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By 3 p.m. I had the first version of the finished graphic illustrating the two helicopters with Navy SEALS repelling towards the courtyard of the compound. This was visual information I had seen on one of the networks. At this point, reports from virtually every news source indicated that the U.S. sent in two Black Hawk helicopters. As for how the Navy SEALS exited the aircraft now was uncertain. Some sources said they repelled, others were more vague and just said they disembarked. So this part of the illustration would have to be eliminated.

By 7 p.m. some reports were indicating that there were four modified M60 Black Hawk helicopters and other sources were mentioning the presence of a Chinook. And the actual number of operatives that stormed the compound were uncertain as well.

By 9:30 p.m. the editors decided to eliminate the helicopters and images of the Navy SEALS altogether. We also made no reference to the number of operatives.
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How others covered the same event

Jeff Goertzen sends us how other newspapers covered the very same incident here:

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The Independent, London

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The New York Times

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National Post, Canada

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The Times Picayune, New Orleans, USA

In Dubai: The Gulf News and explanatory graphics

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Ideal Sans lives up to its name<="">

Miguel Gomez, design director of Dubai’s Gulf News, shares these graphics with us and offers this commentary to help us appreciate them:

For these graphics we used the concept of the “file”, to give the impression that this was an action planned for a long time; in addition, for the second graphic we decided to go with a “night vision” concept, to give readers an idea of the conditions the US Navy Seals operated in during the raid of the Bin Laden compound and the firefight that followed leading to his capture and killing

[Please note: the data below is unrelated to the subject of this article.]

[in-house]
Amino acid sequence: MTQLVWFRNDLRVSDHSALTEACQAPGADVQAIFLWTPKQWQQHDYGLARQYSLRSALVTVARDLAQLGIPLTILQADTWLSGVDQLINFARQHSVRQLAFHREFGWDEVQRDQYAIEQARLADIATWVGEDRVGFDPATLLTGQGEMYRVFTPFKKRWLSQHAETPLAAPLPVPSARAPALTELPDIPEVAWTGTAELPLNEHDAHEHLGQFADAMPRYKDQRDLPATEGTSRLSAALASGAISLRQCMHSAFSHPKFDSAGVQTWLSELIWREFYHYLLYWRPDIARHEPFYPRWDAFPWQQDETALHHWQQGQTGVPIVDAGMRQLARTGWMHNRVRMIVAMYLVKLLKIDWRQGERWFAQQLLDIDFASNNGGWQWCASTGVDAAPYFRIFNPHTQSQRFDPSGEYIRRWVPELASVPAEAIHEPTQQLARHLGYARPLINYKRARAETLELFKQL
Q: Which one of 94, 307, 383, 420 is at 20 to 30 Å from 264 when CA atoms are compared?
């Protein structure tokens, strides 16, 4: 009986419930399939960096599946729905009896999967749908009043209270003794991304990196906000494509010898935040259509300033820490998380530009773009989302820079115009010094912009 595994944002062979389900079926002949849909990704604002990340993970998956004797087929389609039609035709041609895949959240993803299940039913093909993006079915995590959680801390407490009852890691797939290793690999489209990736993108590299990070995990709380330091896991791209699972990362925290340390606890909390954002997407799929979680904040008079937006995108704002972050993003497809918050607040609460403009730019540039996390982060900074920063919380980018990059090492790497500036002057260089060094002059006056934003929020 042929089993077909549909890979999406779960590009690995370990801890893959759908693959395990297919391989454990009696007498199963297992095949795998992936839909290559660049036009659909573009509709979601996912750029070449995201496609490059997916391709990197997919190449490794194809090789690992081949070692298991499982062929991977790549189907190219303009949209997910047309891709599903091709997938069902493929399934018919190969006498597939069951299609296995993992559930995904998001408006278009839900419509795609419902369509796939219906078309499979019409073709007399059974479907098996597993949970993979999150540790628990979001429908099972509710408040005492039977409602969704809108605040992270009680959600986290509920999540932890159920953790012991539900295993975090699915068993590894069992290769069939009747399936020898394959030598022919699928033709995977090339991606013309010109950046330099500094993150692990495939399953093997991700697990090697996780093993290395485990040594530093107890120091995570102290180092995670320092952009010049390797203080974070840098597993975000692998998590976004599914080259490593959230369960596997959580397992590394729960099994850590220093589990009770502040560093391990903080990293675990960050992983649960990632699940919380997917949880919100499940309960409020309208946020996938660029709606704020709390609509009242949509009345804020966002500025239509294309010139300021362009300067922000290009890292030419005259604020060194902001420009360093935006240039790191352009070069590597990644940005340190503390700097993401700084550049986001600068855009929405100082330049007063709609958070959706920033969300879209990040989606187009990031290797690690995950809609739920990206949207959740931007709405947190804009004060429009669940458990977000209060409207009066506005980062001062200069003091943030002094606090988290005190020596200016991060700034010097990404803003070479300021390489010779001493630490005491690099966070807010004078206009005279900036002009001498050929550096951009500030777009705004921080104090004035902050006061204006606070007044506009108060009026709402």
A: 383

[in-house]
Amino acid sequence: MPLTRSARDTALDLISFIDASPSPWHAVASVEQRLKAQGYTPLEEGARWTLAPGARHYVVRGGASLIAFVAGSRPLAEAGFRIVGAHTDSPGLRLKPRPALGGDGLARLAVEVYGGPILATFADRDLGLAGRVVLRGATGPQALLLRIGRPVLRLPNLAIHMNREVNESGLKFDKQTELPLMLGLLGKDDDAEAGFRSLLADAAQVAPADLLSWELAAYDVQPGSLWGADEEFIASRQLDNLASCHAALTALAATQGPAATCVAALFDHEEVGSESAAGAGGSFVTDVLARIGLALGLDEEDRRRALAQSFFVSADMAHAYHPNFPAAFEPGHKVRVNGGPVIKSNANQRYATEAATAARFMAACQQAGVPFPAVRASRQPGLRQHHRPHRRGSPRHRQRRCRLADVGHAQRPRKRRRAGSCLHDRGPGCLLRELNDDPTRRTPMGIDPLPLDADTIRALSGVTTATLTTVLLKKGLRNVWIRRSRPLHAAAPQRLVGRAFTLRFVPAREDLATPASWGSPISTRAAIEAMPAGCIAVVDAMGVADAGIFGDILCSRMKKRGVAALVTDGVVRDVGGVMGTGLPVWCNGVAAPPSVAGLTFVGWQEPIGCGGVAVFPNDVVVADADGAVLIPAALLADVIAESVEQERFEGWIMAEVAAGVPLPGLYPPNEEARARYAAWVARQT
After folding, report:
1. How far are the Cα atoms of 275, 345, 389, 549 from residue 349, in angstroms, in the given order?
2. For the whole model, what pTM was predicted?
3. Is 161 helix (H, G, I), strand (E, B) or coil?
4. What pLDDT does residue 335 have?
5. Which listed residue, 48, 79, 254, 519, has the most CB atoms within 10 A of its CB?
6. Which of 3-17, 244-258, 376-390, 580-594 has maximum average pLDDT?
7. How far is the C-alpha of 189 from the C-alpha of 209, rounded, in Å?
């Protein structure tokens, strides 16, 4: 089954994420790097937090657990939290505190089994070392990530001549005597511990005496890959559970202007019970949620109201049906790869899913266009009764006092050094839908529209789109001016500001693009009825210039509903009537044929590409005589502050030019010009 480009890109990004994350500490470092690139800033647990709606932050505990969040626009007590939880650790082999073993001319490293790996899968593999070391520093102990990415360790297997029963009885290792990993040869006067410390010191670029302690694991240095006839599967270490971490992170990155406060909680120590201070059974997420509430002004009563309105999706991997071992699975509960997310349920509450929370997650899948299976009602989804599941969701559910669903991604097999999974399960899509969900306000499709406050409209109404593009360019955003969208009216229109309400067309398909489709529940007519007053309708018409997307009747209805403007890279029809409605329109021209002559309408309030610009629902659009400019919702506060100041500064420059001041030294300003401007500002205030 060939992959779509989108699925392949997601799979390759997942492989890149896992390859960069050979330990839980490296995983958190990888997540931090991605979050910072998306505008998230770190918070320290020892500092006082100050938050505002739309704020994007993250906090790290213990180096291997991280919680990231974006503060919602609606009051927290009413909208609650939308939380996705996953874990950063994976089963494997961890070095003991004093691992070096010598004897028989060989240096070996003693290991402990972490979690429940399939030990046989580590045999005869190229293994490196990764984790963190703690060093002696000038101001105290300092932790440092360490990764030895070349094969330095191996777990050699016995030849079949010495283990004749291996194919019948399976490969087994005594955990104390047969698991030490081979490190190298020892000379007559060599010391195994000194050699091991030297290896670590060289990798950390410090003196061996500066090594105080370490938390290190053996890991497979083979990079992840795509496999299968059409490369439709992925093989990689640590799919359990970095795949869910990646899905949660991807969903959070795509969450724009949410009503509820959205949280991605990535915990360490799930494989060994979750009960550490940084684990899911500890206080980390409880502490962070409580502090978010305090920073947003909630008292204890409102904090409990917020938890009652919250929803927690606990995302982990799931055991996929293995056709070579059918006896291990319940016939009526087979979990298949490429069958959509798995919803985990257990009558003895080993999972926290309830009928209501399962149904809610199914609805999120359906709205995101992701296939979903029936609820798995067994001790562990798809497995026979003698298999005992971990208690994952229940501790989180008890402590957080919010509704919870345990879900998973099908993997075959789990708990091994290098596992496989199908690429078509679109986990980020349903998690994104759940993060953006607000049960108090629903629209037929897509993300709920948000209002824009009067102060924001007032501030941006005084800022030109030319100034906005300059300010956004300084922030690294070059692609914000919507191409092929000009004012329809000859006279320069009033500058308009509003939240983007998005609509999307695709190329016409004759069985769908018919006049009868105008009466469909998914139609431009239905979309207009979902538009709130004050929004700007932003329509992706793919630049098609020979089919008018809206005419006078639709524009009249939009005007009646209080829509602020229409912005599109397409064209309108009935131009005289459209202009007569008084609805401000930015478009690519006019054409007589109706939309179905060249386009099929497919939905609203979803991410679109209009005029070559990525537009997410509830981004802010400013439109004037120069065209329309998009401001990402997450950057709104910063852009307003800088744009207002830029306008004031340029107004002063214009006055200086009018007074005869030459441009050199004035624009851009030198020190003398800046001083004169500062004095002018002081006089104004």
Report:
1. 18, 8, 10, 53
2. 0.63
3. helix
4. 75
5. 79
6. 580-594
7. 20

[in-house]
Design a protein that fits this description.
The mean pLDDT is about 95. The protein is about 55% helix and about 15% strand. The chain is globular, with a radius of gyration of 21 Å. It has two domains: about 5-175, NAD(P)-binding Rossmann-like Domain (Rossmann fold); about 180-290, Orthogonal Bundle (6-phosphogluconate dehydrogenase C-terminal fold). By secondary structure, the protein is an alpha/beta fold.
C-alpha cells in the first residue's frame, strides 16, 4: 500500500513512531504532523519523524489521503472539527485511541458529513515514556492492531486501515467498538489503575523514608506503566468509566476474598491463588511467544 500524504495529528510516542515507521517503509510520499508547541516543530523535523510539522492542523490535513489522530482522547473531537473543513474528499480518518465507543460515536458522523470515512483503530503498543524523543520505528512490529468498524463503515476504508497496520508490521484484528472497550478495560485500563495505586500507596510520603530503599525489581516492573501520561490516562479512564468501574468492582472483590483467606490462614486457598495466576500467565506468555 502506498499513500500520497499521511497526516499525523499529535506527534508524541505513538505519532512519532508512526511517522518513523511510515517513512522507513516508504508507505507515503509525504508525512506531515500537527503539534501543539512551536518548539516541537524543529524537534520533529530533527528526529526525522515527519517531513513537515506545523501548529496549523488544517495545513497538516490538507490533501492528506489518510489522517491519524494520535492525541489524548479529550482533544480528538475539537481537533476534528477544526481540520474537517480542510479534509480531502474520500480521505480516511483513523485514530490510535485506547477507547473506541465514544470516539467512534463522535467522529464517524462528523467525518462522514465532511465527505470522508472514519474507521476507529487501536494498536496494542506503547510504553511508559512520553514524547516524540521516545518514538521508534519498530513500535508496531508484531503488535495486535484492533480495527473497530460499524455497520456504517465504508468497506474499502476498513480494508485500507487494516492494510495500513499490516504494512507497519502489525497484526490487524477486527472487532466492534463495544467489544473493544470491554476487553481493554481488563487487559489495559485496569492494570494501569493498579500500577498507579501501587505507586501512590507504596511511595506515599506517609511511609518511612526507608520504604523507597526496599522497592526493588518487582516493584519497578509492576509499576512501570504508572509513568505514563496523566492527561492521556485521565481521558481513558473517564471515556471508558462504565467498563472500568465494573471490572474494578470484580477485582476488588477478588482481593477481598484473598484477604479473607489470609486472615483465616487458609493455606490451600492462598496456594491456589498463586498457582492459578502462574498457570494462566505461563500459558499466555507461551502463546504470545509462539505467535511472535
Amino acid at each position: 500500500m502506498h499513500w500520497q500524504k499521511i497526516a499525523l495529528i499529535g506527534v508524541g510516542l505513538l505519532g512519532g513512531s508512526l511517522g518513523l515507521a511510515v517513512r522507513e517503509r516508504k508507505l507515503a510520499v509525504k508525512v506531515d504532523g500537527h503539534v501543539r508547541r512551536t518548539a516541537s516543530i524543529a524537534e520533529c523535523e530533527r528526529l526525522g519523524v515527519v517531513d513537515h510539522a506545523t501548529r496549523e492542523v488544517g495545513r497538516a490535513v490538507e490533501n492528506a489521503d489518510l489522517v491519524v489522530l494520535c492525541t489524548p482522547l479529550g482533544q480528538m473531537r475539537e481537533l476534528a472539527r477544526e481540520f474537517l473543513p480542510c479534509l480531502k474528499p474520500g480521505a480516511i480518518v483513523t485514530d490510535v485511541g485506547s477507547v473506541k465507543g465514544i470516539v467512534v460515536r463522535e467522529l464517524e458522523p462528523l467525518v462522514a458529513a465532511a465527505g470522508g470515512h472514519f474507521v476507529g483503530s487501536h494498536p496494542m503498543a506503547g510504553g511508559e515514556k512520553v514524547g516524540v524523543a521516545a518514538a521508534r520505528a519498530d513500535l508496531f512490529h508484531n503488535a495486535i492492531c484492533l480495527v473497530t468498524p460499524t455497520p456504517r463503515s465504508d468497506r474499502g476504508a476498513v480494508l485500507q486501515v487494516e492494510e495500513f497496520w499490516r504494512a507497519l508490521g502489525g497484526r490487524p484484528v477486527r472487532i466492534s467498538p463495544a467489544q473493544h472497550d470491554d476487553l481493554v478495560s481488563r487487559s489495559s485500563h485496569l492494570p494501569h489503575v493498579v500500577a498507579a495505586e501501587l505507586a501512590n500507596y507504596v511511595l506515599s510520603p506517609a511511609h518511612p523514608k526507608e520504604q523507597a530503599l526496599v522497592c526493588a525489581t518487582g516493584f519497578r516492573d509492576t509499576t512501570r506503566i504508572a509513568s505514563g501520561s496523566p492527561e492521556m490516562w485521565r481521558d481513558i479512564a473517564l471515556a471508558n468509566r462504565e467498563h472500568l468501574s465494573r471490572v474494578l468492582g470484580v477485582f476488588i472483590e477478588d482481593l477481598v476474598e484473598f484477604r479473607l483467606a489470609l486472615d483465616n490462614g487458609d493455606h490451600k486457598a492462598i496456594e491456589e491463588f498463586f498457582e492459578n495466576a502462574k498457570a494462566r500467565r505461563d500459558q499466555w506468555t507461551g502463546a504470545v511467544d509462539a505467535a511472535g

Note: The Gulf News graphics were executed by Guillermo Munro, Dwynn Trazzo and Luis Vazquez .

The Bild app’s pop up moments and the Bin Laden story

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And here are two videos from Germany’s Bild and how they pointed users to the location of Bin Laden’s capture, emphasizing the how and where:

On this pop up moment, Bild offers us an inventory of terrorists: who is still wanted? Who is next? Who is dead? Who is in prison?

…..and finally, sand art telling the story in India

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Indian sand artist Sudarshan Patnaik creates a sand sculpture to give the story its proper closure!
The sand sculpture of Al Qaeda leader Osama bin Laden is on a beach in Puri in the eastern Indian state of Orissa.

Bin Laden death: some pages that caught our eye

TAKEAWAY: It’s all one hear on TV news channels these days: the post mortem of the Osama Bin Laden killing by a brave elite team of US Navy Seals.  Reviewing the front pages of US newspapers yields some interesting poster-like approaches to the story of the decade.  We also show you other interesting front pages we are receiving from around the world. To be updated throughout the day.

Gulf News, Dubai, UAE

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We receive a set of pages from Miguel Gomez, design director, Gulf News of Dubai.  His team has done a remarkable job preparing a 12-page package, including a retrospective of Bin Laden’s “life and crimes”, analysis of the news and what it means for the US and the world, reactions from around the world, and an interesting balcony treatment of how front pages from around the world reported the news.  Some well detailed, informative graphics also appeared, depicting the military action that led to Bin Laden’s killing.

Il Secolo XIX (Genoa, Italy)

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Massimo Gentile, design director of Il Secolo XIX, sends us his front page of today, again, using the now well known mini poster concept,  with this explanation:

It was difficult for us to do this one, since this happened many hours before our paper would come out.  The headline says: The Hunt is Over.  We decided to go with close up of Bin Laden’s eyes, and the American flag with the lettering on it. So we did the best we could for this front page.“